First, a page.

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Inverter sizing (MM5000)

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  • Inverter sizing (MM5000)

    [FONT="Calibri"]I have 4 ET solar- 185w panels with a VMP of 36.9, VOC of 44.75, IMP of 5.014, and ISC of 5.54. I also have 2 Hanwhas 190w and 2 Makesen 180w with very close to the same ratings. It was suggested to me to do 4 sets of two panels into a combiner box, and onto one input breaker of the MPPT in the MM5000 I have. So this works out to around 74volts 5ish amps per string combined for 74volts 20ish amps total. I don't seem to find a temp coefficient % on the panel labels, but did find on Midnight Solar's web page a chart they use for temp considerations. I'm taking a pretty worse case scenario and saying in WI we could see a full sun day at -40F in winter. The chart shows using a multiplier of 1.25 on the VOC number. So in my case the VOC would be almost 90*1.25=112.5v[/FONT]

    [FONT="Calibri"]The MM5000 manual shows 120 input max. I see when Beacon made the M5 off the MM5000 when Advanced Energy went out, they lowered max to 110. Should I even be thinking about hooking it up, or go with a different MPPT and just use the inverter portion of the MM5000? Directions for either model don't go into that type of application. Was going to use the MM5000 as stand alone, no grid connection, 48volt 420amp hour battery bank (16 GC2 batteries with 210hr AH) , with the appr, 1480w going in. The batteries were going to be FVP batteries sold at a local big box store. Appears those batteries are made by Trojan. I'm sure I will trash my first set I will also be clamping a 48 volt 3 phase axial flux to the batteries via bridge rectifier. I have two Morning star TS 45 PWM I was told I could use in tandem in diversion mode using slightly different set points. Was going to dump into water heating elements. This was/is all going to be an experimental setup for me to learn and eventually expand on.
    Thoughts and constructive criticism please. I will try to take it well [/FONT]

    [FONT="Calibri"]David [/FONT]

  • #2
    Actually I could factor in the VD in my wires as the panels are going to be 250ft away. #6 copper @ 250 ft using the 112.5 number, and factoring the amps 1.25 higher also gives me almost a VD of 5v. So now I'm down to 107.5


    • #3
      The maximum voltage will be panel open circuit, no current yet flowing, no wire voltage drop.
      Some induced voltage (change of current, lightning, etc) could add a short spike, I would not
      connect 120V peak rated equipment to a 110V source. Your choice. Bruce Roe


      • #4
        Bruce, so are you saying there is no temp coefficient increase going to colder temps like there is a decrease going to higher temps? Thought I was understanding that it works one way or the other based off a certain temp.
        If the max panel voltage at any temp would indeed only be Voc of about 45v then in my scenario I only have to worry about 90v that's even better. I was thinking a safe number to be at would be 25% under max. So 120 less 25%= would be 90.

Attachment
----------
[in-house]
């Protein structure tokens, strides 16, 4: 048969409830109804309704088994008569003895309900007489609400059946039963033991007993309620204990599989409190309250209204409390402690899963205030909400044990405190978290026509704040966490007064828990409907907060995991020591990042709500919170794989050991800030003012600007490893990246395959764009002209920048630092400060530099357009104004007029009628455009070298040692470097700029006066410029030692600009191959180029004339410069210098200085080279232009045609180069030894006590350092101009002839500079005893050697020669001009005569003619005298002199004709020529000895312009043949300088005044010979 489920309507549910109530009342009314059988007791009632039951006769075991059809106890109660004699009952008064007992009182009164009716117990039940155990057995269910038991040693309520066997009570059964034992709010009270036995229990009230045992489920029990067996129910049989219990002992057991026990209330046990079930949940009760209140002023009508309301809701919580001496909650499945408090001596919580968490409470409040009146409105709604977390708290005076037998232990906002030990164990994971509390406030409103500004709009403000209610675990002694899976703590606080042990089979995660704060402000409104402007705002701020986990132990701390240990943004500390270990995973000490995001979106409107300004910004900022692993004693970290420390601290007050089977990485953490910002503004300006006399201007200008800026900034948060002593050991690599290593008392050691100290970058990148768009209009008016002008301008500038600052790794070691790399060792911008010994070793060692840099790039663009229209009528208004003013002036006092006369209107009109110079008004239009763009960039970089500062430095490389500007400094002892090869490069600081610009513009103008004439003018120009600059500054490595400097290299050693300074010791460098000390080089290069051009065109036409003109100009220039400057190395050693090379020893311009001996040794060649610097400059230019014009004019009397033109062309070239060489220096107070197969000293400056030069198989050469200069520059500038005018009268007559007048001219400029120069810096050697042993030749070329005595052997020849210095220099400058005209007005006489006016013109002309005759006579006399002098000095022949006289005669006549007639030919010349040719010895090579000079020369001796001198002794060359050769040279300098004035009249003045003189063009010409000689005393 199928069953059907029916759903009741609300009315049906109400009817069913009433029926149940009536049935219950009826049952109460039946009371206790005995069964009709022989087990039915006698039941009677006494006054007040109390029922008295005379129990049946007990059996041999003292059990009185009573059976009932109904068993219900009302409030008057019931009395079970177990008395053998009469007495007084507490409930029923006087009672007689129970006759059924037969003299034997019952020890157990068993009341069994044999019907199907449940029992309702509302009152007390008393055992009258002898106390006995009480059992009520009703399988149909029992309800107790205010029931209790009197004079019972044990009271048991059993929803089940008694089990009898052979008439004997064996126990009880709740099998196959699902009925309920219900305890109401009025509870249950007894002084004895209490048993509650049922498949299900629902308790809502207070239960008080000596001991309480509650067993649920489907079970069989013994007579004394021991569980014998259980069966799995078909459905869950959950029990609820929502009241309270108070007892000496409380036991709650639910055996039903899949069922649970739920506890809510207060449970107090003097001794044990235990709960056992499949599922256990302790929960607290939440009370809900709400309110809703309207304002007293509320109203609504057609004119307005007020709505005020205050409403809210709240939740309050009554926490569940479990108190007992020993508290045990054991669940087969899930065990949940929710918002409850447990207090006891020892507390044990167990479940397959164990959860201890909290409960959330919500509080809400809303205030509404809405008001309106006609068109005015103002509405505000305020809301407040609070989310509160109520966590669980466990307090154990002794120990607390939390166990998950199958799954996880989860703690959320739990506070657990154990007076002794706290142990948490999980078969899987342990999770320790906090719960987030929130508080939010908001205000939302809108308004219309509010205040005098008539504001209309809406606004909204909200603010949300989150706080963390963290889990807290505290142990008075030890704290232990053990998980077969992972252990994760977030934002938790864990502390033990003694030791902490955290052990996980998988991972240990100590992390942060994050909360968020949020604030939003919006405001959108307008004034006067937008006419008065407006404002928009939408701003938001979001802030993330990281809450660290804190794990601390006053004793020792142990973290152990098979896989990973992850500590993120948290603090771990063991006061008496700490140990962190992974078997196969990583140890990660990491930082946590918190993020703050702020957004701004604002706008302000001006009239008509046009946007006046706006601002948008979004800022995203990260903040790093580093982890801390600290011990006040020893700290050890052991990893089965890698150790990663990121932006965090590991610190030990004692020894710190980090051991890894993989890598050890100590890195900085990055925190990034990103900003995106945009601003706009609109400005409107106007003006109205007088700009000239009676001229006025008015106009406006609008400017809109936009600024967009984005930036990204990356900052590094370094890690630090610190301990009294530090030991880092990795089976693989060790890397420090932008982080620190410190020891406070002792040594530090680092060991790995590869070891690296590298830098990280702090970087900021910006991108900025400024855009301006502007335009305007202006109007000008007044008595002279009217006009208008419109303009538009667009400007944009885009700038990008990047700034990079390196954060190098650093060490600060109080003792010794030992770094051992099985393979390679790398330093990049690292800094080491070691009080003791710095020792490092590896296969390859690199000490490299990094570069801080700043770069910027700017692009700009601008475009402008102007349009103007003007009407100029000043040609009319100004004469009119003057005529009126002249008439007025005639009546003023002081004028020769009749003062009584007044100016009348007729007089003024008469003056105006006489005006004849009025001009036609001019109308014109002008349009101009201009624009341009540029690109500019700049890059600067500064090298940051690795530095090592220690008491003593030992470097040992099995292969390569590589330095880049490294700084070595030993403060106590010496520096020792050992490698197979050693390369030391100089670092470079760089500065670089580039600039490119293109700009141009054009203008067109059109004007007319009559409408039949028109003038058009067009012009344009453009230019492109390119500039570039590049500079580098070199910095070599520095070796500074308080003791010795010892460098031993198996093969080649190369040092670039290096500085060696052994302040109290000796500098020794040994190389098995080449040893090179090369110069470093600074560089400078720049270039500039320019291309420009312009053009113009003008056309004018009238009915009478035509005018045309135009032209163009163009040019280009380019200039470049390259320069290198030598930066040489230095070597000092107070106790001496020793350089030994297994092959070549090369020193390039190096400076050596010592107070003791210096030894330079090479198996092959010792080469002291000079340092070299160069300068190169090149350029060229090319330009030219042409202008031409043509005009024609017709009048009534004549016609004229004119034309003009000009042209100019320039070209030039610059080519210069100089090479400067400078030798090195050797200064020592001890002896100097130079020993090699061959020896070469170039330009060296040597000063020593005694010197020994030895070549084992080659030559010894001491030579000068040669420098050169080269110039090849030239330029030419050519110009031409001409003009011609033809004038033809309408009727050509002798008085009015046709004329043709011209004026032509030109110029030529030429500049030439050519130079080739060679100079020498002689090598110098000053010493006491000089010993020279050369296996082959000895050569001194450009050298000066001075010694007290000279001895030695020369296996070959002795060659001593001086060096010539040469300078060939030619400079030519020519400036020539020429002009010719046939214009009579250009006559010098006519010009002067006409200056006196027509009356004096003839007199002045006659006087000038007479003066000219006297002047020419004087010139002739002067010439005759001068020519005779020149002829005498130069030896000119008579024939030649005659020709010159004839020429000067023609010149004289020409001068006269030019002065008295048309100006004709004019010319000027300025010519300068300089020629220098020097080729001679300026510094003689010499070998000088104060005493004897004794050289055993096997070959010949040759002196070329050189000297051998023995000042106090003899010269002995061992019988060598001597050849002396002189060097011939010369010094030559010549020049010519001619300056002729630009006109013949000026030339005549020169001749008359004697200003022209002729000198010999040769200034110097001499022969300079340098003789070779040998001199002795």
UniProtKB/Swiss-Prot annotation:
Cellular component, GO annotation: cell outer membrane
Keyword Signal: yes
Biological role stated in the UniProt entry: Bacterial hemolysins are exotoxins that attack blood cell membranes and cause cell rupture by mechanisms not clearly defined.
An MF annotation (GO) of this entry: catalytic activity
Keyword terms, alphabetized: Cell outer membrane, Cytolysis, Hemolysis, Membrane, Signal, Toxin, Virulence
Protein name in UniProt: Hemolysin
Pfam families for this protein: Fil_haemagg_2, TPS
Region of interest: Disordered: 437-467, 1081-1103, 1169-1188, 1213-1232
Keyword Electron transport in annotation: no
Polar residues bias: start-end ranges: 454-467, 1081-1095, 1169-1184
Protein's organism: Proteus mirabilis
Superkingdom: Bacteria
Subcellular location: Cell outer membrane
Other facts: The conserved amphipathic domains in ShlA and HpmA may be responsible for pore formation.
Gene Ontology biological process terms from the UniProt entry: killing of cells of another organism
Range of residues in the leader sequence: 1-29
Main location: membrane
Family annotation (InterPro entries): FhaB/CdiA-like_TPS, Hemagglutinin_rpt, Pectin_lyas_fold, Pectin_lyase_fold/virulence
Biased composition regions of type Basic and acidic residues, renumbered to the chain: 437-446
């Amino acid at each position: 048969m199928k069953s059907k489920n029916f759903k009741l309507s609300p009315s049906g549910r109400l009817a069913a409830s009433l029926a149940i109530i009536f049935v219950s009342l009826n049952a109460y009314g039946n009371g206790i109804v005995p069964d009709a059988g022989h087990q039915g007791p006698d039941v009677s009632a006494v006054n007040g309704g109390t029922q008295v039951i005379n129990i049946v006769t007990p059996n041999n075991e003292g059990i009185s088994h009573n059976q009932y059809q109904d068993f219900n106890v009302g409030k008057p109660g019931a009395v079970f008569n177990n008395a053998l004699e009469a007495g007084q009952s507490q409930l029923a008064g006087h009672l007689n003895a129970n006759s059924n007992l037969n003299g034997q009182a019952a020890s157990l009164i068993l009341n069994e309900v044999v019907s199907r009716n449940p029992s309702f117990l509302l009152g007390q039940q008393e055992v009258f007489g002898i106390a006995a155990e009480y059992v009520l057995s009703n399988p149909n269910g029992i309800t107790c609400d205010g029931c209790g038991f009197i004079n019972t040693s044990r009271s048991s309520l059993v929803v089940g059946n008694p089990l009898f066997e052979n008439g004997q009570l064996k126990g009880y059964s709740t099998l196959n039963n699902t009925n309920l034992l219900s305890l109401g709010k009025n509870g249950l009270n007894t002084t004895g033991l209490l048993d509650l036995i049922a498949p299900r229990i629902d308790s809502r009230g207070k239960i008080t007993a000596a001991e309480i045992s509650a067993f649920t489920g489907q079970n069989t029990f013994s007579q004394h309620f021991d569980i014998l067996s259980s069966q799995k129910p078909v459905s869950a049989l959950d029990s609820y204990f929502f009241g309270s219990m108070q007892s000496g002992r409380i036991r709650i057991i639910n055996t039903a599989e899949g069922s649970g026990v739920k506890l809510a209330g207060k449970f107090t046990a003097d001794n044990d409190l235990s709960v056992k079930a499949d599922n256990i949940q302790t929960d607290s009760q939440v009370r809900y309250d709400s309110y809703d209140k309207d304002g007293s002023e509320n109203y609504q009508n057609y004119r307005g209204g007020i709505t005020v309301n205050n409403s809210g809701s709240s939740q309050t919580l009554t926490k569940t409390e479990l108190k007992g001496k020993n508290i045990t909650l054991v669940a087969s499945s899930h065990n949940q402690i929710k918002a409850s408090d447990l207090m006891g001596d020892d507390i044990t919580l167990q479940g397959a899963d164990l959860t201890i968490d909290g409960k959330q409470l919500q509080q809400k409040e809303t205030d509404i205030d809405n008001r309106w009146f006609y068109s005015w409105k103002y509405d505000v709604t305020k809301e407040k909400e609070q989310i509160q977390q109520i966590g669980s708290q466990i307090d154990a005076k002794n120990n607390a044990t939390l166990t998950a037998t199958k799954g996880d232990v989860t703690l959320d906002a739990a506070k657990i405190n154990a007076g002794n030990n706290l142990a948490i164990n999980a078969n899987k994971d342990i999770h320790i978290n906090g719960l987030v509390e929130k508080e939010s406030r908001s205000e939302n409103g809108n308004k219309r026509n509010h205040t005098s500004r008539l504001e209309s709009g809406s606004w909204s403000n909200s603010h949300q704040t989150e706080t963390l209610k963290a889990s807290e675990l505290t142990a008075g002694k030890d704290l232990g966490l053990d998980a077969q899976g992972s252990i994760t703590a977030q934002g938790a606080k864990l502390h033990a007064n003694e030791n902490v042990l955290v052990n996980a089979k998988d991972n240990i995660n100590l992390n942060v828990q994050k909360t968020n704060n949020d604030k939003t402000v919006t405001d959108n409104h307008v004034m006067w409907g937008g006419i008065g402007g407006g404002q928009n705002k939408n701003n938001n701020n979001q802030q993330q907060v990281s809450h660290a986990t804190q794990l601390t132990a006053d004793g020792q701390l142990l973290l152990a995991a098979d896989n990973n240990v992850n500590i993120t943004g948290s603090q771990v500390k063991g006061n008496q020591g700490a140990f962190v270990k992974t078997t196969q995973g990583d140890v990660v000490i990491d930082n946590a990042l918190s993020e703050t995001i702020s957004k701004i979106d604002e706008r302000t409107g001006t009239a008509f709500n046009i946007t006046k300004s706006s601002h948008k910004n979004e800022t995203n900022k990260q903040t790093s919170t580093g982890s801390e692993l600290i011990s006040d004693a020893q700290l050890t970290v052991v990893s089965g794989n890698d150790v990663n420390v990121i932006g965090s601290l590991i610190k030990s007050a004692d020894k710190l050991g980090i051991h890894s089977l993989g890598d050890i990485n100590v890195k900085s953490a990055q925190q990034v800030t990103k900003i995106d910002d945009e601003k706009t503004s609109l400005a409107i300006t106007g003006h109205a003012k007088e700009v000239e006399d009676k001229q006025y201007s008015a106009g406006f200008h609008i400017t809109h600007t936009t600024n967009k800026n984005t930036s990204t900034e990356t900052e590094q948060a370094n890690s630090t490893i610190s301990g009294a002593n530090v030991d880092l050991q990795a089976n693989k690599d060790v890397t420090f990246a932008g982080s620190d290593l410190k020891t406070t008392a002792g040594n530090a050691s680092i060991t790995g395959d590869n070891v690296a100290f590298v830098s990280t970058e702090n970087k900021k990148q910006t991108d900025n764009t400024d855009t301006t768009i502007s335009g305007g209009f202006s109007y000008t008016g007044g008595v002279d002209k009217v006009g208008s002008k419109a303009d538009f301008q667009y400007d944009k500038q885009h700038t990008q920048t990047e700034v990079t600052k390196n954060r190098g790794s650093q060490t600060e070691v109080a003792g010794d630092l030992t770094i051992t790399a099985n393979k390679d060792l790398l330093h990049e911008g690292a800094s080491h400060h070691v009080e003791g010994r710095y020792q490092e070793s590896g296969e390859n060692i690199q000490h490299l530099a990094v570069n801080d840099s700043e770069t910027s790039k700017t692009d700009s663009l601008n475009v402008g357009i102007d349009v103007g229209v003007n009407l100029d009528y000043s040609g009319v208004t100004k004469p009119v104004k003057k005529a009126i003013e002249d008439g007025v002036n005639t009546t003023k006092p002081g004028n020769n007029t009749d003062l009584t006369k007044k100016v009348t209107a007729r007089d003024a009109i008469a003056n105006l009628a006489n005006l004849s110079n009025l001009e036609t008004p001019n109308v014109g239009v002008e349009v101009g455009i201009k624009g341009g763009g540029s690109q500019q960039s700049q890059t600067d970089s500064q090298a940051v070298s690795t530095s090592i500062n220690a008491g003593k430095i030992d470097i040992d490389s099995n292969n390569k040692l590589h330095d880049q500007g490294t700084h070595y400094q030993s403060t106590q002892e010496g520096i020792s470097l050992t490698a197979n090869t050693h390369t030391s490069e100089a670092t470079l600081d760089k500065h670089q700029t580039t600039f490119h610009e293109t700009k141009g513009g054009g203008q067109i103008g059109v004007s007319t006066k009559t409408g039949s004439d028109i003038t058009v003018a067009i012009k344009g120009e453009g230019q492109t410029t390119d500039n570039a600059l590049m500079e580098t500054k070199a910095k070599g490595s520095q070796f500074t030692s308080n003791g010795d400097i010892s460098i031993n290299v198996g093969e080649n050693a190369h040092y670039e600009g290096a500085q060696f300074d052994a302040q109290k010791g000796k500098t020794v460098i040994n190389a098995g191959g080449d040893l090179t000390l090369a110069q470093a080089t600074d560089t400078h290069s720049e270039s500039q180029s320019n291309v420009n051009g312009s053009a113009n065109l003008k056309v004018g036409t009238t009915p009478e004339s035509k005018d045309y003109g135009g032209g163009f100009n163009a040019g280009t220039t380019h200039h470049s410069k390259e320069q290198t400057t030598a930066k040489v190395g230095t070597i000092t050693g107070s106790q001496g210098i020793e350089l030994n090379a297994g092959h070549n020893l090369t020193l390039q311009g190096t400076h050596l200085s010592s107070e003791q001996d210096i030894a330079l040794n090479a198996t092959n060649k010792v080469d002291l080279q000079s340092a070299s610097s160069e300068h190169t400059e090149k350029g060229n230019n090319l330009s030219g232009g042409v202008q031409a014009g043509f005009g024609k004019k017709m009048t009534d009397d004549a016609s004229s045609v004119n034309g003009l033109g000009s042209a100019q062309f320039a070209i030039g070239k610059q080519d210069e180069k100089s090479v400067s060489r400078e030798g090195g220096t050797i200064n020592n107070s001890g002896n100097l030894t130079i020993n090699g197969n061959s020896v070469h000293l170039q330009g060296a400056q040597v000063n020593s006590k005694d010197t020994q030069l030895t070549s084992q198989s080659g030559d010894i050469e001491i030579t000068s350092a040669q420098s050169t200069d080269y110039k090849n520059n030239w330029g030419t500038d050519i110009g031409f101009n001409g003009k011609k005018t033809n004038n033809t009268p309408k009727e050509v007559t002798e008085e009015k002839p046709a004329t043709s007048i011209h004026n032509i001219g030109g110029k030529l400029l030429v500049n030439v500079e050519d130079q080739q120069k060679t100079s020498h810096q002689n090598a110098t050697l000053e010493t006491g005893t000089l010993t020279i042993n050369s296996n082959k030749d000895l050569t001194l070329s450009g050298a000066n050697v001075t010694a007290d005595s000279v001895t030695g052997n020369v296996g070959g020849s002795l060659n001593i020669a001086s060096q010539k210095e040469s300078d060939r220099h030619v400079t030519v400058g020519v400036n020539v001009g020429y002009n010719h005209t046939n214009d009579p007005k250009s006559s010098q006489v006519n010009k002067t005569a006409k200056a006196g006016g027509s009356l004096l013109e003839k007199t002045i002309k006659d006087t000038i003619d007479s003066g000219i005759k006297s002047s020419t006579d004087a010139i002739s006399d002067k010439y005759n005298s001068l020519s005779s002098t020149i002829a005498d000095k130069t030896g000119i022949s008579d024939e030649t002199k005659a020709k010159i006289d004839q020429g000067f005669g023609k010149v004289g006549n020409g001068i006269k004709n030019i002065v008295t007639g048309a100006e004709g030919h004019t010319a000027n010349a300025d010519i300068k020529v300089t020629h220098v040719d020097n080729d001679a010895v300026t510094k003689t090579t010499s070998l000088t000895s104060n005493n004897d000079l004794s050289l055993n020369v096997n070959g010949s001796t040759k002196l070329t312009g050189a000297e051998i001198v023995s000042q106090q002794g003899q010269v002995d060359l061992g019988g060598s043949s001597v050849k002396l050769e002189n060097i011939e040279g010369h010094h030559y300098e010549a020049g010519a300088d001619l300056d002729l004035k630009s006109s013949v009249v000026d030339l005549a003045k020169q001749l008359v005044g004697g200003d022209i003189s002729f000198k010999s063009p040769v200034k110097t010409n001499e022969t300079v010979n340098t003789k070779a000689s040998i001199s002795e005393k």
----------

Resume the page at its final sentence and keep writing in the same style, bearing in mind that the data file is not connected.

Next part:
• #5
          PV panels increase their voltage in the cold, and on a hot sunny day, their voltage drops. Use a realistic 100 year record cold temp for your area, don't guess at -40

          you cannot rely on voltage drop in the wire, to prevent your controller from burning up.
          Powerfab top of pole PV mount (2) | Listeroid 6/1 w/st5 gen head | XW6048 inverter/chgr | Iota 48V/15A charger | Morningstar 60A MPPT | 48V, 800A NiFe Battery (in series)| 15, Evergreen 205w "12V" PV array on pole | Midnight ePanel | Grundfos 10 SO5-9 with 3 wire Franklin Electric motor (1/2hp 240V 1ph ) on a timer for 3 hr noontime run - Runs off PV ||
          || Midnight Classic 200 | 10, Evergreen 200w in a 160VOC array ||
          || VEC1093 12V Charger | Maha C401 aa/aaa Charger | SureSine | Sunsaver MPPT 15A



          • #6
            I was trying to find that realistic number just this morning in fact. I will have to do some more searching to see if I can find something archived. I did find a 100 year record low for our whole state, which was -50, but that recorded in far northern WI.
            The chart I found that 1.25 number on was when I was using Midnights string sizing tool, and they talk about Hyper VOC It was a blue like link, so I clicked on it, and that is where I found the different multipliers for different temps. 1.25 is the highest they have for -32 to -40 temps. Are there some different places to look for this info on voltage increase with temp decrease?
            I can't argue the fact that it wouldn't be a good practice to factor in the VD in the wire. Just trying to come up with a solution. I guess I may have to consider buying a different MPPT
            Last edited by pellets4fuel; 03-07-2019, 06:48 PM.


            • #7
              So I was reading through the MM5000 manual again...and one of the things it states is out of the box it's configured to perform the following with no additional user adjustments. The second bullet point is "manage a 48-volt bank of sealed, maintenance -free lead-acid batteries" The similar inverter Beacons M5 says VRLA (so same thing)
              I was planning on using the GC2 batteries due to being a newbie and probably going to trash the first set as I learn. After reading some info in the battery section, and trying to wrap my brain again around the whole C/rate I am thinking I am reading that FLA batteries are not going to charge the same as the VRLA?